Iron Sharpens Iron (One vs One Matchup)
Florida Gators WR Van Jefferson #12 vs Miami Hurricanes CB Trajan Bandy #2
Leading the Gators with 35 receptions, 503 receiving yards and six receiving touchdowns, Van Jefferson has established himself as the headliner of the Gators’ passing attack. The former Ole Miss Rebel does most of his damage close to the perimeter of the field, specifically when the Gators are not in the red zone. Running, slants, posts and streaks down field, Jefferson doesn’t shy away from confrontation with any defensive back. Given his propensity to run posts and slants, the wideout can shake defenders with subtle moves at the top of his route to create separation. The 6’2”, 197 pound WR makes up for a lack of elusivity by fighting through contact at the line of scrimmage, sometimes corralling a pass through double teams.
On the other side of the field will be the Hurricanes’ top cornerback, Trajan Bandy AKA ‘Muddy B’, who can talk with the best of them. He often backs that talk with stellar coverage. Regardless of size, speed and notoriety of whomever he takes up in coverage, the constant is that the Miami corner will be a nuisance throughout the 180 minutes. Attributes that stand out from Bandy’s game is his ability to make a play on the ball, ultimately resulting in a batted pass. Regardless of his position as a corner, Muddy’s ability to come downhill and make a play in the running game is exceptional. On passes outside the numbers, Bandy displays his recovery speed and knack to play the ball in the air. He enjoyed a breakout season with 36 tackles, three interceptions, 4.5 tackles-for-loss and eight pass breakups in 2017 for UM.
I don’t expect Bandy to follow Jefferson across the formation, meaning that he will see his fair share of Gator receivers: Trevon Grimes (#8), Josh Hammond (#10), Freddie Swain (#16) and Tyrie Cleveland (#89). Based on Florida’s multiple formations, Jefferson figures to be the focal point of the Gator passing game. And given Bandy’s penchant for being near the ball, a meeting of two of the proudest members of their respective teams is very probable.
Positional Matchup of the Game
Miami’s Wide Receivers vs Florida’s Cornerbacks
It’s been a long summer with plenty of jawing back-and-forth between the two fanbases as to which of these position groups holds the edge over the other. Honestly, the trash talking has been going on much longer than that, but who can keep track in such a heated rivalry? Florida’s defense take the headline when you look into the team, and the conversation starts with their dynamic cornerbacks in sophomore Marco Wilson and junior CJ Henderson.
Henderson has drawn praise and excitement entering 2019, with some analysts projecting him to be the first CB off the draft board in the 2020 NFL draft. When you watch the film you can see why. His recovery speed on a play is incredible as he’s never truly out of the picture on any big play from the opposition. Coming back into the frame to swat the ball away or launching himself into a receiver to force a fumble and touchback against Tennessee, Henderson is a do-it-all player on the Florida defense. Don’t be surprised when you see his No. 5 jersey taking off into the backfield at least a couple of times on a CB blitz this weekend.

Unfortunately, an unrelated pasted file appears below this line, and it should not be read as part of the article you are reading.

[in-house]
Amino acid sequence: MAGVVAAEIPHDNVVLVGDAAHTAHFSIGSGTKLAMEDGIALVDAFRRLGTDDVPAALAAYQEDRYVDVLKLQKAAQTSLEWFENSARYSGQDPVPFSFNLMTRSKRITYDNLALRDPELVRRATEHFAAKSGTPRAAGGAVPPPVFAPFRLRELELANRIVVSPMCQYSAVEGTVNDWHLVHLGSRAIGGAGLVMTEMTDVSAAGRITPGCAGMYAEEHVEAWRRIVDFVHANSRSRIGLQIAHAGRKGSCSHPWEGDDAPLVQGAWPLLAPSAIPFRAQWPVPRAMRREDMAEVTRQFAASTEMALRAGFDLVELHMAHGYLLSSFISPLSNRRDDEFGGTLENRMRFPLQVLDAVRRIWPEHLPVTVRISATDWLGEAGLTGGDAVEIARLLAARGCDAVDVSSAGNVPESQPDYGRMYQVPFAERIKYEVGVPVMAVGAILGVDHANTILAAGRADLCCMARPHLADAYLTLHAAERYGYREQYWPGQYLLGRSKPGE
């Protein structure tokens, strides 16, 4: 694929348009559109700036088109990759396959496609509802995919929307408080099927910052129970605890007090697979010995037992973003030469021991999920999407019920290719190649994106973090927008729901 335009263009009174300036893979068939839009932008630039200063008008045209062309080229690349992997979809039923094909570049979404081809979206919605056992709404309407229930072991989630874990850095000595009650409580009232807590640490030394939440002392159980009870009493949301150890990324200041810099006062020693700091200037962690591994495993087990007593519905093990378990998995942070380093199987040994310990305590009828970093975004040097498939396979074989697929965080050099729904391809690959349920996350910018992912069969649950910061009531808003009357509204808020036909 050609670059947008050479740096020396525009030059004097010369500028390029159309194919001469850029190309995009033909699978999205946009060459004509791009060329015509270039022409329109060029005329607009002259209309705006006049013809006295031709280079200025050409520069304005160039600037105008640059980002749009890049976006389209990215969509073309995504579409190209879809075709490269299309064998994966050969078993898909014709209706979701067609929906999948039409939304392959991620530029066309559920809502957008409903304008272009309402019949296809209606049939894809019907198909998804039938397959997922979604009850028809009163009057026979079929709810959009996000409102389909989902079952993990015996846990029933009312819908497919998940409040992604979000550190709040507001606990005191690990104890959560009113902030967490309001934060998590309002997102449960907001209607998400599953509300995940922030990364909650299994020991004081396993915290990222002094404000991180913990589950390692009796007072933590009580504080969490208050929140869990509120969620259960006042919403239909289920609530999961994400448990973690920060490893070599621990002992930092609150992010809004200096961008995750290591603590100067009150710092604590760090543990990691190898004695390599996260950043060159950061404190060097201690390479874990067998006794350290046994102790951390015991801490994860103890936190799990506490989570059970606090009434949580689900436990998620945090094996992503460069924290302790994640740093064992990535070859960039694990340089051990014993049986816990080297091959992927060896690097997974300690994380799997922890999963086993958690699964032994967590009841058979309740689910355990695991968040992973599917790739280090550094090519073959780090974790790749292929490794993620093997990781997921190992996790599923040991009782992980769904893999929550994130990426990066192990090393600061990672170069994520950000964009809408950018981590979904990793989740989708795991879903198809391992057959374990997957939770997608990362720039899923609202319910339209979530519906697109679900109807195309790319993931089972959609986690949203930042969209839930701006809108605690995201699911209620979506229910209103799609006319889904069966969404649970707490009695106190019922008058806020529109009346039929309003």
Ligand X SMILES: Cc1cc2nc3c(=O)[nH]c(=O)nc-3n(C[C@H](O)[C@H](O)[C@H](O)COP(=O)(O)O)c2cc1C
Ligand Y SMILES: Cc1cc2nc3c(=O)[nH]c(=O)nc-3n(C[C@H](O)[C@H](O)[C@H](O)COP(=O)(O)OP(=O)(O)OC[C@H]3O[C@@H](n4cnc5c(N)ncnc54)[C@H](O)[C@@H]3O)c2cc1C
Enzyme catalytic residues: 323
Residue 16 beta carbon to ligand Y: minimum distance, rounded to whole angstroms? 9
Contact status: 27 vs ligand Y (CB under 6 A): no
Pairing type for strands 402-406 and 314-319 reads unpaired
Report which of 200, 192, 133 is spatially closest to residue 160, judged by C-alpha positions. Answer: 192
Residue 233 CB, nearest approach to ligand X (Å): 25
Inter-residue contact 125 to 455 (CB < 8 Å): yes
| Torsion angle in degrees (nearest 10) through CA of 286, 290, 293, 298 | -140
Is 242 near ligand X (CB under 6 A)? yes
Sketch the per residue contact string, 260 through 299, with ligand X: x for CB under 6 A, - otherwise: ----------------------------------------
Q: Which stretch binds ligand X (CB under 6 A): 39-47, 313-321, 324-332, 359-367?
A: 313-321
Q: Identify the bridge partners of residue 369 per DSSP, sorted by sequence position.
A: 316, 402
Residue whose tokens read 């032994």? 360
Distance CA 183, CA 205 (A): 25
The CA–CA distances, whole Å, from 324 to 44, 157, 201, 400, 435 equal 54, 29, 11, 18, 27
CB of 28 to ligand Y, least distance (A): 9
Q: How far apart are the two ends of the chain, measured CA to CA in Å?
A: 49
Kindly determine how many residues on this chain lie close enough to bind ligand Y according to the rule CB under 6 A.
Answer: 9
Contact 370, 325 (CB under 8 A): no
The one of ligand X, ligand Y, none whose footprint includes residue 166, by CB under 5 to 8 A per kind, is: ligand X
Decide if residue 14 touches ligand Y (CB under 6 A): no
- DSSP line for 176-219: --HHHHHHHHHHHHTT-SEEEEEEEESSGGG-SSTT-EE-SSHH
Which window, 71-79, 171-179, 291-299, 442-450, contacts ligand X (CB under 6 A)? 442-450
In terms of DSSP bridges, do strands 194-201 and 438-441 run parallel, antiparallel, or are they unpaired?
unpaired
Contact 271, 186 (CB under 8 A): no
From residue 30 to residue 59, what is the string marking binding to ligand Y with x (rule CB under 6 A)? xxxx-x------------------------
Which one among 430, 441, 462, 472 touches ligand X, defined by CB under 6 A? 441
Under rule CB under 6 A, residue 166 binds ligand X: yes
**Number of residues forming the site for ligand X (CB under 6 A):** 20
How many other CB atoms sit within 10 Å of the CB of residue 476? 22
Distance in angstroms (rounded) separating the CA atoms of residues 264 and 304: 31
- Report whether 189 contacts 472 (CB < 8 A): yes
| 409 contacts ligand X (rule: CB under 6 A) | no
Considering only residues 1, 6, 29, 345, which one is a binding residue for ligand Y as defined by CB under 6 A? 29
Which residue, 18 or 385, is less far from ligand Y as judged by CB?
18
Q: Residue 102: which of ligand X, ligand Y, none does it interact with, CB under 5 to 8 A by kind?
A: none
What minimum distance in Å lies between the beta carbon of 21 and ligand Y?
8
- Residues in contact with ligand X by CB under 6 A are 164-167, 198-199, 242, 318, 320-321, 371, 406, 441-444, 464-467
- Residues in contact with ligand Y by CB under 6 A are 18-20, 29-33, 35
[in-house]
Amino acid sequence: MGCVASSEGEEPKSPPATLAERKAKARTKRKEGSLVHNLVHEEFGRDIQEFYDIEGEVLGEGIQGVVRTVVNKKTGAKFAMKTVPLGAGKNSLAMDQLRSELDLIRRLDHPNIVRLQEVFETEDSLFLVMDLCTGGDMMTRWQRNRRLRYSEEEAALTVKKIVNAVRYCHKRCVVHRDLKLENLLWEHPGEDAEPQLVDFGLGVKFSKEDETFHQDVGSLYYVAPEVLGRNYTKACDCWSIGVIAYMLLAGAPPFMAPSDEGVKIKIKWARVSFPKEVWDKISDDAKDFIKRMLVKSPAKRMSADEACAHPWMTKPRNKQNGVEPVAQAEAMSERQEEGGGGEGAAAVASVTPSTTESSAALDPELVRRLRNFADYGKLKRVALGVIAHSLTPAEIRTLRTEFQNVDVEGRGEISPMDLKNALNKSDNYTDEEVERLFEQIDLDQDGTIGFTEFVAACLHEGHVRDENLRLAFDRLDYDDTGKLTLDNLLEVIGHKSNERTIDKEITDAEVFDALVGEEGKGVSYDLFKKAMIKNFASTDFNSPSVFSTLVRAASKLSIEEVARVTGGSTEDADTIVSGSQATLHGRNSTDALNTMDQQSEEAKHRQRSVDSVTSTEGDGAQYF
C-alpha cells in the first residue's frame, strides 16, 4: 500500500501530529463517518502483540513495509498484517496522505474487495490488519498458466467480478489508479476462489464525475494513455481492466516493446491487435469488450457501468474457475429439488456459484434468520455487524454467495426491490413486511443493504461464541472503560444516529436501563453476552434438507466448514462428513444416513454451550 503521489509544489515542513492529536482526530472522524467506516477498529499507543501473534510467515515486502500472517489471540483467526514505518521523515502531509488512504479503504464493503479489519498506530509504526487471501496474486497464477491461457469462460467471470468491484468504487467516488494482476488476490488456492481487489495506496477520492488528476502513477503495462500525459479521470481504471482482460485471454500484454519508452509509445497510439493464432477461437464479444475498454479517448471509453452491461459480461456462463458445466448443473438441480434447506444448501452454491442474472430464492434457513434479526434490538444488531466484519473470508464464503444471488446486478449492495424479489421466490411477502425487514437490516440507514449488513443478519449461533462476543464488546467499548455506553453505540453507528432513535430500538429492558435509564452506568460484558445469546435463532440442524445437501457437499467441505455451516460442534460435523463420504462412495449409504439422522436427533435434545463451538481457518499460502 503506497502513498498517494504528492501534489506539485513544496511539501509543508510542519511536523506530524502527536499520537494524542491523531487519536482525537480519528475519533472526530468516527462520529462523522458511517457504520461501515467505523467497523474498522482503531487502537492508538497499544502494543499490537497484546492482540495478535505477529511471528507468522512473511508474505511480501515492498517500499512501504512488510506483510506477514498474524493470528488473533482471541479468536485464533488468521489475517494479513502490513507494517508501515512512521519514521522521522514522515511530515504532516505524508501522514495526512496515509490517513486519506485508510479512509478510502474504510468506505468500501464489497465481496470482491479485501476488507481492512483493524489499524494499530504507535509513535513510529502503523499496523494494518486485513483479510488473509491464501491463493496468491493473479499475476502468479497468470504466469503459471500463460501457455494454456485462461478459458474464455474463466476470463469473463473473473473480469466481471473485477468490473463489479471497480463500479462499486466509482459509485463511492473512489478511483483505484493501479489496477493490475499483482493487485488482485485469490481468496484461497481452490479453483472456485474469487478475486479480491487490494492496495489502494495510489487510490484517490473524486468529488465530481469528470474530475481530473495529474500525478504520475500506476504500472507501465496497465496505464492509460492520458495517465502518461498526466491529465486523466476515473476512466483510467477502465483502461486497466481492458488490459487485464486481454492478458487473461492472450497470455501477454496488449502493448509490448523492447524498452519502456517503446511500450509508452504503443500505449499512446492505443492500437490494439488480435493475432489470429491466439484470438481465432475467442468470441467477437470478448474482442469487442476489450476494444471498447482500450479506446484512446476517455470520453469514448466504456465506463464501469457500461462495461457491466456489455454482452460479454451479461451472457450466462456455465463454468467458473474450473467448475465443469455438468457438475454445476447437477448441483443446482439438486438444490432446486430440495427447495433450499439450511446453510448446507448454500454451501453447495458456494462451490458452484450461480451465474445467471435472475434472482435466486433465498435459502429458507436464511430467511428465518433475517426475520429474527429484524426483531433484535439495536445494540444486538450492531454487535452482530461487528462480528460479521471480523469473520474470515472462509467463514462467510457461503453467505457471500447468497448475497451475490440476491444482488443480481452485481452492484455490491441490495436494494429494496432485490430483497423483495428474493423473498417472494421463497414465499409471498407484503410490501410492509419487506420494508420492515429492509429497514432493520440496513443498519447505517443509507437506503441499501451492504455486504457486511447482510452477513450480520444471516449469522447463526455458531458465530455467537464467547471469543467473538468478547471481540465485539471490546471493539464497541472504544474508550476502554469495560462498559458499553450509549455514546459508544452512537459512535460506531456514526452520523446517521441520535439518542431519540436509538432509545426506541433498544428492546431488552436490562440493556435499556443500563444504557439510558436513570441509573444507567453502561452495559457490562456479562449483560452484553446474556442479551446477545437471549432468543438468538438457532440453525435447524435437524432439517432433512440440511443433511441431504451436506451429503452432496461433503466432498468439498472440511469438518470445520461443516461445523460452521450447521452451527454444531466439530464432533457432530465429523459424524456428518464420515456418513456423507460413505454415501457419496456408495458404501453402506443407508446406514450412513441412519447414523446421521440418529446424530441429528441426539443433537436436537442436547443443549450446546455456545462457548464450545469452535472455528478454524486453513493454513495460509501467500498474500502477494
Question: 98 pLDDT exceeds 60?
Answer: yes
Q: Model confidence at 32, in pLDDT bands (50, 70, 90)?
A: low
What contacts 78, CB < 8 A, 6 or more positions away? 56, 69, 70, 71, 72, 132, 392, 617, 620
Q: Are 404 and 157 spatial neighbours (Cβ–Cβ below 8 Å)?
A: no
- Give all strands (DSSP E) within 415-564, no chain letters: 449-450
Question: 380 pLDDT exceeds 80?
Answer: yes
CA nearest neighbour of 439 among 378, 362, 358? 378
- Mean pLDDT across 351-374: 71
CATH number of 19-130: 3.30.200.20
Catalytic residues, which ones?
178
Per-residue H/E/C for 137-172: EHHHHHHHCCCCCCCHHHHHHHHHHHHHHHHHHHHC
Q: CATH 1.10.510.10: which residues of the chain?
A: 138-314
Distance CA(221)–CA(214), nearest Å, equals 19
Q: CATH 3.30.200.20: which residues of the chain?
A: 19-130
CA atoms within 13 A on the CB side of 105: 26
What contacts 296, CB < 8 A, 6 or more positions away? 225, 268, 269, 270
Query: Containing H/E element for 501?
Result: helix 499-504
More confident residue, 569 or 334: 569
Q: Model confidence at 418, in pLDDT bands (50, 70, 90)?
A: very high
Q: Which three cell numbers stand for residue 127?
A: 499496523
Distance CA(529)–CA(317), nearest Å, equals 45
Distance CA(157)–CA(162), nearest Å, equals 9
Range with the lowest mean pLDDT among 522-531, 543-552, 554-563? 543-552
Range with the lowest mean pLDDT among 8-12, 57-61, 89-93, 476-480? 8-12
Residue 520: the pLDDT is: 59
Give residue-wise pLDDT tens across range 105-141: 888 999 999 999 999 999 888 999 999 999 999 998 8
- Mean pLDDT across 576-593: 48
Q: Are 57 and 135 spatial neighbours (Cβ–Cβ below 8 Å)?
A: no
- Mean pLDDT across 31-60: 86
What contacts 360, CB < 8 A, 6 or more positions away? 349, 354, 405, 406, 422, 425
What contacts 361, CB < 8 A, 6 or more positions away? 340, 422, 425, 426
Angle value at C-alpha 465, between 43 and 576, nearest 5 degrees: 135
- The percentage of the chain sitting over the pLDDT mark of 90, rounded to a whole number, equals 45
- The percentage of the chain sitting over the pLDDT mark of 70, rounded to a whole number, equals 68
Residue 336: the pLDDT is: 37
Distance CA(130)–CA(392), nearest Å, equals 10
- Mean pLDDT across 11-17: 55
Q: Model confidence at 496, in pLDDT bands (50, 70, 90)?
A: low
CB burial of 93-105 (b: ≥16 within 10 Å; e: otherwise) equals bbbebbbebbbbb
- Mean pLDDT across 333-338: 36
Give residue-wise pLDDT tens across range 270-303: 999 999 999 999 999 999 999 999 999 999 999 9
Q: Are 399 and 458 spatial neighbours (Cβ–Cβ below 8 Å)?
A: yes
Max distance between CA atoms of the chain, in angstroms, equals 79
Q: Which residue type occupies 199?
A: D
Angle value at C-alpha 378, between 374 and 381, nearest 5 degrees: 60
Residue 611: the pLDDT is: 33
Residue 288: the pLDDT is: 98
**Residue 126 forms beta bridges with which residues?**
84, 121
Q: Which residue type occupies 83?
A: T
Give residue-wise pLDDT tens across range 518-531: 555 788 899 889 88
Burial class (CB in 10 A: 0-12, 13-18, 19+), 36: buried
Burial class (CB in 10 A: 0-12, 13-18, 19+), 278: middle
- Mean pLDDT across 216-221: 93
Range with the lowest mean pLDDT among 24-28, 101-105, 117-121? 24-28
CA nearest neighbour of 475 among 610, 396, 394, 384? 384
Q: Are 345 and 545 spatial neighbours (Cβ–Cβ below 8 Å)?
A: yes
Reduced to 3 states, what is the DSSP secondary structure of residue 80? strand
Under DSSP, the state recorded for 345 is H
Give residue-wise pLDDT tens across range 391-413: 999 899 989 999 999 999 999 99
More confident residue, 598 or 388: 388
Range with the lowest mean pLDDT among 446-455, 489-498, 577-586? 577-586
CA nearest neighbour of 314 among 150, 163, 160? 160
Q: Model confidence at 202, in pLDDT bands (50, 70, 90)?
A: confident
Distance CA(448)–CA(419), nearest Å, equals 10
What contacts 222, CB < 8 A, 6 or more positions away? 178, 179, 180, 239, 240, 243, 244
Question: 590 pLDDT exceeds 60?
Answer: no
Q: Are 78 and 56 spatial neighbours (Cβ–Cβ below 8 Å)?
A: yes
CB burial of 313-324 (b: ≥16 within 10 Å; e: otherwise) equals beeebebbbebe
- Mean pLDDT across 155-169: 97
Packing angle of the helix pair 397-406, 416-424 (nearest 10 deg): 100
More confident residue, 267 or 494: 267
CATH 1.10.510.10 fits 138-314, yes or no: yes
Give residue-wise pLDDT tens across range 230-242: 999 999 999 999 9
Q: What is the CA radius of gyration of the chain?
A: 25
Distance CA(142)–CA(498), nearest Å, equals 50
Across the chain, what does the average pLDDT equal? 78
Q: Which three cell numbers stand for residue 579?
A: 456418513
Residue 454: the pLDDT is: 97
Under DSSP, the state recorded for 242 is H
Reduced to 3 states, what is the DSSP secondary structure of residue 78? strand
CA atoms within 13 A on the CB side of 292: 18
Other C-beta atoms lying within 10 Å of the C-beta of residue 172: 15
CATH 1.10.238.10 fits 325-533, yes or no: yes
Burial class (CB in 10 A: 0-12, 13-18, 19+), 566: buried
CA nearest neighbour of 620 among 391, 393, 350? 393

The Gators will place Henderson on the opposition’s biggest receiving threat, which could mean that he’ll be following Miami WR Jeff Thomas for most of the night. Touted as the most explosive option in the Hurricanes’ passing game, JT4’s top end speed and ability to make the circus catch stands out among his peers. UM offensive coordinator Dan Enos will be challenged to find a way to get the ball in the hands of No. 4.
Not to be forgotten is Henderson’s running mate, Marco Wilson. If Henderson is the star, then Wilson is his muscle. The sophomore is a good tackler and while Henderson may be the better of the two in coverage, Wilson is often in an ideal position to make a play on the ball. With so much familiarity in this game between the players on both sides, it’s safe to say that one of the main chirpers will be No. 3 on defense.
KJ Osborn is the new “old” guy. A graduate transfer from Buffalo, Osborn joined UM this past spring for practice. It became evident soon after that Osborn wouldn’t just be a contributor, but a focal point of Miami’s passing game in 2019. A contested catch specialist with excellent hands and the work ethic to match, many are expecting a big season from Osborn. One of 12 seniors on the roster, a young Canes squad will call upon his veteran leadership in a hotly contested opener.